The owner of a large bookstore chain starts putting the owner of a small local bookstore out of business. Meanwhile they have been corresponding over the internet without knowing who either of them are. They can't stand each other in person but over the internet they are very attracted. He finds out who she is but she doesn't know. He starts to like her more but she still hates him. He has to fix it.Written by
In this film, which is written by Nora and Delia Ephron, Meg Ryan plays a woman who falls in love with a man she has never met. At the same time, she befriends the same man in real life while believing him to be a different person. This is a similar situation to the 1955 musical Daddy Long Legs, which was written by Nora and Delia's parents, Henry and Phoebe Ephron. See more »
During the scene when the staff of the store are selling off items prior to the closing, Kathleen puts a blue toy in the customers bag twice. See more »
[on Kathleen's missing date]
So who is he, I wonder? Certainly not, I gather, the world's greatest living expert on Julius and Ethel Rosenberg. But somebody else entirely different. Will you be mean to him, too?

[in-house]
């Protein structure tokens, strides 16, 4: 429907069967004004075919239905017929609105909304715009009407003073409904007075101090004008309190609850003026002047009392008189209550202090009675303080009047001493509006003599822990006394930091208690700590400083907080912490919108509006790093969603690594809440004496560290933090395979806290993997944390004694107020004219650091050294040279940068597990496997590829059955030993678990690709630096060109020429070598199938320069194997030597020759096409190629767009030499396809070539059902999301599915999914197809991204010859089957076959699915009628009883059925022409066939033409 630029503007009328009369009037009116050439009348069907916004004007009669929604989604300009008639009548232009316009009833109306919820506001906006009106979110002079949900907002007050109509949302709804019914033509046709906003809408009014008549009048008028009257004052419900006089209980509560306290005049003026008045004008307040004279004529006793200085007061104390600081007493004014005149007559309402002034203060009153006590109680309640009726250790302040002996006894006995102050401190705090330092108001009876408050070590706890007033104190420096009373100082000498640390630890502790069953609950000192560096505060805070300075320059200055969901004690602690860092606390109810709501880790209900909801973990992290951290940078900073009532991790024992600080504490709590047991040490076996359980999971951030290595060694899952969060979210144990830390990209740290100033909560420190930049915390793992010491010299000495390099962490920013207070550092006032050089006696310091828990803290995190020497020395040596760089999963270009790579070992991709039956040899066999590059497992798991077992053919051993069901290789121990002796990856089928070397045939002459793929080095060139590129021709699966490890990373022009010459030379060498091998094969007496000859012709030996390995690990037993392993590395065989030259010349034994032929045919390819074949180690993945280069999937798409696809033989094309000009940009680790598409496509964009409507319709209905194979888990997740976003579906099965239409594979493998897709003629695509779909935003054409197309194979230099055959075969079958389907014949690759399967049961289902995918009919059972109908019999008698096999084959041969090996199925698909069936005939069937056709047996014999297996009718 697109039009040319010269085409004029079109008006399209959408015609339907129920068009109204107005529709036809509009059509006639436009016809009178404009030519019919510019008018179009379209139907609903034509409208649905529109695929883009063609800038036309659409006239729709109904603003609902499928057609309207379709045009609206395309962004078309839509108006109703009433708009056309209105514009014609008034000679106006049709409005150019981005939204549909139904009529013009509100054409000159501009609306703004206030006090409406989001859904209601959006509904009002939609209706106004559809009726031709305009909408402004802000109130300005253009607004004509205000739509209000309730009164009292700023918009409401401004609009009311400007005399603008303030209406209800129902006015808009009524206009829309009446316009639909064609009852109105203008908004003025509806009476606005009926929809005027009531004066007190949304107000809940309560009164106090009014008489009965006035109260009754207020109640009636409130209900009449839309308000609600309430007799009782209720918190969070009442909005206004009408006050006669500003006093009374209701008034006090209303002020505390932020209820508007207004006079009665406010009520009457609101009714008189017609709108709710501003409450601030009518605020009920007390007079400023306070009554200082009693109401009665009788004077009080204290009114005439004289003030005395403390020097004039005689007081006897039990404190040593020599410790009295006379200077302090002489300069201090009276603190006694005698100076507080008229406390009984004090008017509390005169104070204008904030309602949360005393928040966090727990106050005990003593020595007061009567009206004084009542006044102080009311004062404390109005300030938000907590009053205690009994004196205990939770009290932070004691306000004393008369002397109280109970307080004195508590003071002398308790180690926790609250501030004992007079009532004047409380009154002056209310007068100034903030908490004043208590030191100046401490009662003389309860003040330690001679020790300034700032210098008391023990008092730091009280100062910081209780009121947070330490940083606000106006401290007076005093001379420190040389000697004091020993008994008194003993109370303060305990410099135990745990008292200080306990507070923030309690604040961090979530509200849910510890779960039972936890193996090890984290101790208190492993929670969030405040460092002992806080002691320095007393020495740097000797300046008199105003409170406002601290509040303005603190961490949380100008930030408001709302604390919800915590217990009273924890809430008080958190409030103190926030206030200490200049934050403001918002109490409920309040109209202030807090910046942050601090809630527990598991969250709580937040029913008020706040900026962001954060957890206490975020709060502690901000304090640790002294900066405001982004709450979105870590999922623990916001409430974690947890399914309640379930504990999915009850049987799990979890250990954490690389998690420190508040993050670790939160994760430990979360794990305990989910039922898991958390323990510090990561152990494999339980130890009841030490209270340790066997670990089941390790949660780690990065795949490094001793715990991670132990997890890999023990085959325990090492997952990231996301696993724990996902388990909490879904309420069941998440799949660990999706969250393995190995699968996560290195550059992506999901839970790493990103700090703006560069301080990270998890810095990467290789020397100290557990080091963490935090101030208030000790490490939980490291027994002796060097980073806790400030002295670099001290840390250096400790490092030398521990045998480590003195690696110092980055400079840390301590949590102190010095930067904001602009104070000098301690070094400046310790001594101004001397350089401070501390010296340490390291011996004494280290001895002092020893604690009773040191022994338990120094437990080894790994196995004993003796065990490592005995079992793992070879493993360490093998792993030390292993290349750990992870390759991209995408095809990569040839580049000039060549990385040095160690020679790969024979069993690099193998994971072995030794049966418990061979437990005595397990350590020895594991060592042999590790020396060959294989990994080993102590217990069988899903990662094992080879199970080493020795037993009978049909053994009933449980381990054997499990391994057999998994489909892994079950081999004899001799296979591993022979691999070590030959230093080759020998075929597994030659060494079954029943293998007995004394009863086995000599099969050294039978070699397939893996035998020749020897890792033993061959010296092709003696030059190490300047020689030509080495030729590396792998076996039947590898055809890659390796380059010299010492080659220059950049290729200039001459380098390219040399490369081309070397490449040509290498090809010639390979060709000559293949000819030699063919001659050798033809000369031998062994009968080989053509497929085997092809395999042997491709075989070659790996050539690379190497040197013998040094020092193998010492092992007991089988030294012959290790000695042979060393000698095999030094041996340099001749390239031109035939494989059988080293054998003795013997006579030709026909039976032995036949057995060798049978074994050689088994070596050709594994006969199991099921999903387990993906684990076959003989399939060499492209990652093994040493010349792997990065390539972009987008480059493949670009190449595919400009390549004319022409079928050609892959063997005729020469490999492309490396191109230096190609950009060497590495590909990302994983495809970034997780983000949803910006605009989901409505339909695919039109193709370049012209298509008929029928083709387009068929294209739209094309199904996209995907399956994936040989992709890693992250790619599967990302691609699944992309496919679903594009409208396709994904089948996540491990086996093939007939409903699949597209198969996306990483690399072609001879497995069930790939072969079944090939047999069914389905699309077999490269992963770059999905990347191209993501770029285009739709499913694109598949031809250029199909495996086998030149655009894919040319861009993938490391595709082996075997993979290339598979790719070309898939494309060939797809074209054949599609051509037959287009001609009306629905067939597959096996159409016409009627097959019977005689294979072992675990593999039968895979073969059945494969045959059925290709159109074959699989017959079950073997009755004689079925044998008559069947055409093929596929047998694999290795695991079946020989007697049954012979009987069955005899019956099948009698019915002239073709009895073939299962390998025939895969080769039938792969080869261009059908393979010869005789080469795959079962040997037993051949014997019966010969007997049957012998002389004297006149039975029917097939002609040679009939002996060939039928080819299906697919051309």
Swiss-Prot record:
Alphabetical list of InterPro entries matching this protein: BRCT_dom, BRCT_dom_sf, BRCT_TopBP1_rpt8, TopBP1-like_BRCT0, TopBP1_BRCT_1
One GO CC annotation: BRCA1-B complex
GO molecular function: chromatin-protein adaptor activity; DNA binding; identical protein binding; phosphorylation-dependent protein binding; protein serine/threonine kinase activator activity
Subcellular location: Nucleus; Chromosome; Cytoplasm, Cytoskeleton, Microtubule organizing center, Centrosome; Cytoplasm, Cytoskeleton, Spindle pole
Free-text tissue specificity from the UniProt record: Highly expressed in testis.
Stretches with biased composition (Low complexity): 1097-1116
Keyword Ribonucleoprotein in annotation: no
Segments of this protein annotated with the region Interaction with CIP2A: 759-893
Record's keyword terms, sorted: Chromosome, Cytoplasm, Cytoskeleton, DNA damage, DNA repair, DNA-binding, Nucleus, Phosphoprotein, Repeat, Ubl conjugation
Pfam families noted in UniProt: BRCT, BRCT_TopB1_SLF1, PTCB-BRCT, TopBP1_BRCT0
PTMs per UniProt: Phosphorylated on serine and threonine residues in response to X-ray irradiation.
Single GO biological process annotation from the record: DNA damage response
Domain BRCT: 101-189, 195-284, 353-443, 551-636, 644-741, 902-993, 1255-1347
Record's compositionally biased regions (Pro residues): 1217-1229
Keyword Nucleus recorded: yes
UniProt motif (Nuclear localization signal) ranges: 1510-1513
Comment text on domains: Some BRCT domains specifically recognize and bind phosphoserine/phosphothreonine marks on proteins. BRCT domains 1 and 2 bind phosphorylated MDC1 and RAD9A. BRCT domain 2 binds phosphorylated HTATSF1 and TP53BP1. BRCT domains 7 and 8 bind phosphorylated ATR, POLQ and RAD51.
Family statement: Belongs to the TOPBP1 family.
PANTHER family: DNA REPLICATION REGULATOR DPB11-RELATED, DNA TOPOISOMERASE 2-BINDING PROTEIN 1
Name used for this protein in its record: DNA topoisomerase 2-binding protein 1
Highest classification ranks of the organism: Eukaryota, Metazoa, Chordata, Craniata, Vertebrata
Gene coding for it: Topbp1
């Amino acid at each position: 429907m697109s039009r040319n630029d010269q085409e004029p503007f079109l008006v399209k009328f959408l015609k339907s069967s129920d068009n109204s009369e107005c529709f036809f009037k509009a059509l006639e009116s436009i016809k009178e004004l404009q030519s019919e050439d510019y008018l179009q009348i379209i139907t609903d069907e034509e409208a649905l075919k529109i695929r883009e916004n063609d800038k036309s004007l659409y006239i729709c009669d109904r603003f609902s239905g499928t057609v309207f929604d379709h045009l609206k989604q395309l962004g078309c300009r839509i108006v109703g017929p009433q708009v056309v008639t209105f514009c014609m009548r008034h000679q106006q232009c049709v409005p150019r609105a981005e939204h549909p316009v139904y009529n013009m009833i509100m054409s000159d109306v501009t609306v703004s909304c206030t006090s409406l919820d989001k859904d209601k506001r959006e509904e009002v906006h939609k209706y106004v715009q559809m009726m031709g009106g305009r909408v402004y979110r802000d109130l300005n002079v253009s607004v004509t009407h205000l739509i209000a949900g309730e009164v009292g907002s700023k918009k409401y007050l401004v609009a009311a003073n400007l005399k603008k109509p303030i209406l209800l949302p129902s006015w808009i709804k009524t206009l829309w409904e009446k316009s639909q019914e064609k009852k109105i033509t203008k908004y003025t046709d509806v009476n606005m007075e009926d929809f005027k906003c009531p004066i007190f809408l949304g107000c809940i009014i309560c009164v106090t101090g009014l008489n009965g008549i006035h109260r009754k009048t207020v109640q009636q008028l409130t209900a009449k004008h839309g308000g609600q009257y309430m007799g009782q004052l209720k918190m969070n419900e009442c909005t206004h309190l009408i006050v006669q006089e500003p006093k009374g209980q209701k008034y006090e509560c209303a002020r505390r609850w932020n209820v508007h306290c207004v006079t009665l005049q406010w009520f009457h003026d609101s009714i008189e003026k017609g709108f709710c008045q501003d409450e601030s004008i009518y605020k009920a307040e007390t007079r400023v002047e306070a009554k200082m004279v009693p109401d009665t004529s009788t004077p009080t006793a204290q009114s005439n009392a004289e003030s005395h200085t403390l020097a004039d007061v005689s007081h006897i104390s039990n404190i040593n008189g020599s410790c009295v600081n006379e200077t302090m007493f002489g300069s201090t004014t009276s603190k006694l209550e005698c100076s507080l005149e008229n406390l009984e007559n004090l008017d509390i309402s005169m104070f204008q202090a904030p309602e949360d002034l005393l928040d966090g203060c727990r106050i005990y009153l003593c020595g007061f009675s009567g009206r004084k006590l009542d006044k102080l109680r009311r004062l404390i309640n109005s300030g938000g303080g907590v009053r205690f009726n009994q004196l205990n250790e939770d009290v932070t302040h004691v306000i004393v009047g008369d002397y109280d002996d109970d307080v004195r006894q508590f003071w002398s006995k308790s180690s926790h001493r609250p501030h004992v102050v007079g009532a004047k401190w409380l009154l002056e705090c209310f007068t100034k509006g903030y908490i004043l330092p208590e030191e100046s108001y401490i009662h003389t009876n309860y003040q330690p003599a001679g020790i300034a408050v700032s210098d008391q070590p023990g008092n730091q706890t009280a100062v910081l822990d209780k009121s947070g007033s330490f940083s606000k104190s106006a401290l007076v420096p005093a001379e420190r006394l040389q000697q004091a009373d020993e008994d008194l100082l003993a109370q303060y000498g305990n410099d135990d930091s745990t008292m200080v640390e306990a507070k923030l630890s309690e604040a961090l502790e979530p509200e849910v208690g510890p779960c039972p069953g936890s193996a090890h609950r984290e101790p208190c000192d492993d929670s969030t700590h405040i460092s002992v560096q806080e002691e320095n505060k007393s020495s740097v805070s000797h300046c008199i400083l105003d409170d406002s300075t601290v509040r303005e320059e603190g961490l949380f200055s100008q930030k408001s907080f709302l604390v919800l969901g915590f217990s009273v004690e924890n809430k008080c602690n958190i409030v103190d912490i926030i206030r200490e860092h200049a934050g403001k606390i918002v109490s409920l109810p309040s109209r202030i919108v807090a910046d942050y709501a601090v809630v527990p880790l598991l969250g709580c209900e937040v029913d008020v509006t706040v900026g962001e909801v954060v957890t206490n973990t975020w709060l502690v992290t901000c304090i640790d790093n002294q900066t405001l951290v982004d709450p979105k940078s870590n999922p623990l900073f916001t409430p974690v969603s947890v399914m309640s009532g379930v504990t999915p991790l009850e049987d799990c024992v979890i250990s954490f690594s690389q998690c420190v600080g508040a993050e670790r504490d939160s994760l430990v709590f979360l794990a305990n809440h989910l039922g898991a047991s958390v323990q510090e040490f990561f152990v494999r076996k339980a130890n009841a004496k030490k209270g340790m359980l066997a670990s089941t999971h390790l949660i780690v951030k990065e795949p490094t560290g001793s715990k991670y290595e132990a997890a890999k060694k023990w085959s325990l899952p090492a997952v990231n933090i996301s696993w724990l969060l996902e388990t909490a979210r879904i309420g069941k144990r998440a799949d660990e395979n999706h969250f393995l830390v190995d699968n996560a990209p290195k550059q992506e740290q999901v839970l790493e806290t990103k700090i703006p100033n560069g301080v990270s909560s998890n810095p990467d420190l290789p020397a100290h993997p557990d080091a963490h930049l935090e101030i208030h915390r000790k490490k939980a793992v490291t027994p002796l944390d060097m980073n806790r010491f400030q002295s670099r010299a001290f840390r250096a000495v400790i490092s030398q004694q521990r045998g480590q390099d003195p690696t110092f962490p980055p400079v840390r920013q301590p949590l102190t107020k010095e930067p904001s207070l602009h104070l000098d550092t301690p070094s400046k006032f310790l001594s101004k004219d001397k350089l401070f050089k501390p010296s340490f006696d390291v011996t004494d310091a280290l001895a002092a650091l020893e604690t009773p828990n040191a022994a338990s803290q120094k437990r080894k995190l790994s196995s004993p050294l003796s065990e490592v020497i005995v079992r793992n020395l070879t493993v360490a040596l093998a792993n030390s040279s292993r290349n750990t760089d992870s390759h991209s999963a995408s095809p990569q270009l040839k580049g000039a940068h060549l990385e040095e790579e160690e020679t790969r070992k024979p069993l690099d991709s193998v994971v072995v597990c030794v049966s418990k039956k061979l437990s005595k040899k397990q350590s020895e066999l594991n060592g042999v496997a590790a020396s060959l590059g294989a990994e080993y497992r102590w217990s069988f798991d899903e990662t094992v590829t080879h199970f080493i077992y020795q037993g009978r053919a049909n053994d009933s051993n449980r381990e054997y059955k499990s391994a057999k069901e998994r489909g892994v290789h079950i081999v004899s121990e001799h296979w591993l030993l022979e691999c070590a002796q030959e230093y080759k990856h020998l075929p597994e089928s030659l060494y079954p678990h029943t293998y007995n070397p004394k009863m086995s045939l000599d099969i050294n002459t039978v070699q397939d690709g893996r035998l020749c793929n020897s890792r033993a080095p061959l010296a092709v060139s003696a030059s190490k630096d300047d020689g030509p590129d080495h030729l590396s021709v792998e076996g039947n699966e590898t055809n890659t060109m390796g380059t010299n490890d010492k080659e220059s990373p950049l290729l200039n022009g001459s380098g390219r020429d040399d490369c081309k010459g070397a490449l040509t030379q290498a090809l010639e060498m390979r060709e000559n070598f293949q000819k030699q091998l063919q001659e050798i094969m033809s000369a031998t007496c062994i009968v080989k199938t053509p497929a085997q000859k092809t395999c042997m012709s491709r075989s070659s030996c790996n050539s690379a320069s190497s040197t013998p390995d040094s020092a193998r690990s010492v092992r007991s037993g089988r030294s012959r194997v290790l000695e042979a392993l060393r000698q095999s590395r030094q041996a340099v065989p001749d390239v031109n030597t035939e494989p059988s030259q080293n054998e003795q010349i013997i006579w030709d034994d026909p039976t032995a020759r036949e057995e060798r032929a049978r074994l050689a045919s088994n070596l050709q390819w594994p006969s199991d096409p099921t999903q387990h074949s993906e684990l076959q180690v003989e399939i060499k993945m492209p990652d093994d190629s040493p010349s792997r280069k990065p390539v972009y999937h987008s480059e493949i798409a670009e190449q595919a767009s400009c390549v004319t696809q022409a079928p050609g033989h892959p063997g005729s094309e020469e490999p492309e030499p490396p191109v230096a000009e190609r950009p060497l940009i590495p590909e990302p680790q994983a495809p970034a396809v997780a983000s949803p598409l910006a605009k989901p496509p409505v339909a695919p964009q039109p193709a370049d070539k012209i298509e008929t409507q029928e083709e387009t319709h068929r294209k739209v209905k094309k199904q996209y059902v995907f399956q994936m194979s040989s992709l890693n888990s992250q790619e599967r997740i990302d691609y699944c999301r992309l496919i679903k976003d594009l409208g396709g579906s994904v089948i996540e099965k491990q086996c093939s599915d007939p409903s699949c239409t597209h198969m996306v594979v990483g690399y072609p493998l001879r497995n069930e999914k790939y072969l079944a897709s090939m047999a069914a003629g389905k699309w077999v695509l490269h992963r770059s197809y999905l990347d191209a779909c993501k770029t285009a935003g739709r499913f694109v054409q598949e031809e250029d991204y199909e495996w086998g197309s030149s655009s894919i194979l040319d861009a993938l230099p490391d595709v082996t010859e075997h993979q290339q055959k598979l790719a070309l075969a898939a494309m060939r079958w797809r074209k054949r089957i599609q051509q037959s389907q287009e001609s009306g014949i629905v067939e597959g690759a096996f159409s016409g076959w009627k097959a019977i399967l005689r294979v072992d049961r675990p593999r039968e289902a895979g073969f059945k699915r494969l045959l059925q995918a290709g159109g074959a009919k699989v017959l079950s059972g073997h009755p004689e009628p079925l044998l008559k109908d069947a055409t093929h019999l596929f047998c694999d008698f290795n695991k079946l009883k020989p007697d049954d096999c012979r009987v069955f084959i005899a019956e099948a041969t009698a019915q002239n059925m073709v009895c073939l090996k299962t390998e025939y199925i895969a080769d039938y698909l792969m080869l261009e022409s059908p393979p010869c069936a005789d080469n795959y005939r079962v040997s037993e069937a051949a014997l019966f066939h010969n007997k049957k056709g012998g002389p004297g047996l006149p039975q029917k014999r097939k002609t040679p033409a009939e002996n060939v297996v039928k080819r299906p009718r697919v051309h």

No, I will not. Because the man who is coming here tonight is completely unlike you. The man who is coming here tonight is kind and funny, he has the most wonderful sense of humor...
But... he's not here.
Well... if he's not here, he has a reason, because there is not a cruel or careless...
[...] See more »
Several scenes were originally scripted and partly filmed but not included in the final cut:
A scene in which Kathleen gets involved with two garbagemen and first gets tongue-tied.
Extended scenes referring to the roof-top murderer including a love affair with George.
A scene with Kathleen and Christina talking about falling in love.
Extended scenes that characterize Patricia: a presentation of an author (the woman in the later elevator scene)
Extended scenes that characterize Frank: he meets an famous author whom he adores.
Scenes on Kathleen's and Joe's childhood.
A scene in which Joe explains Annabel why the Shop Around the Corner had to close.
It was hard not to give this movie a 10, but since I have only given out about 20 10's in all the movies I have ever seen - thousands, a 10 here would have been a little too generous.
Though, it is difficult to find fault, I suppose it is fair to say that the movie didn't always have full steam - especially early on. Still, even during those times, it was interesting. I mean, Tom Hanks and Meg Ryan. What else do you need?
Additionally, I didn't laugh very much. Not that I was required to, but this genre would, after all, be considered a romantic comedy. Despite the lack of laughs, it was as feel good as it gets.
The movie was blessed with two great actors, a creative idea, excellent writing and directing. And, the ending was one for the ages. I might have chosen to "tweak" it a little, but it was about as good as you will ever see - assuming you like romance. I do!
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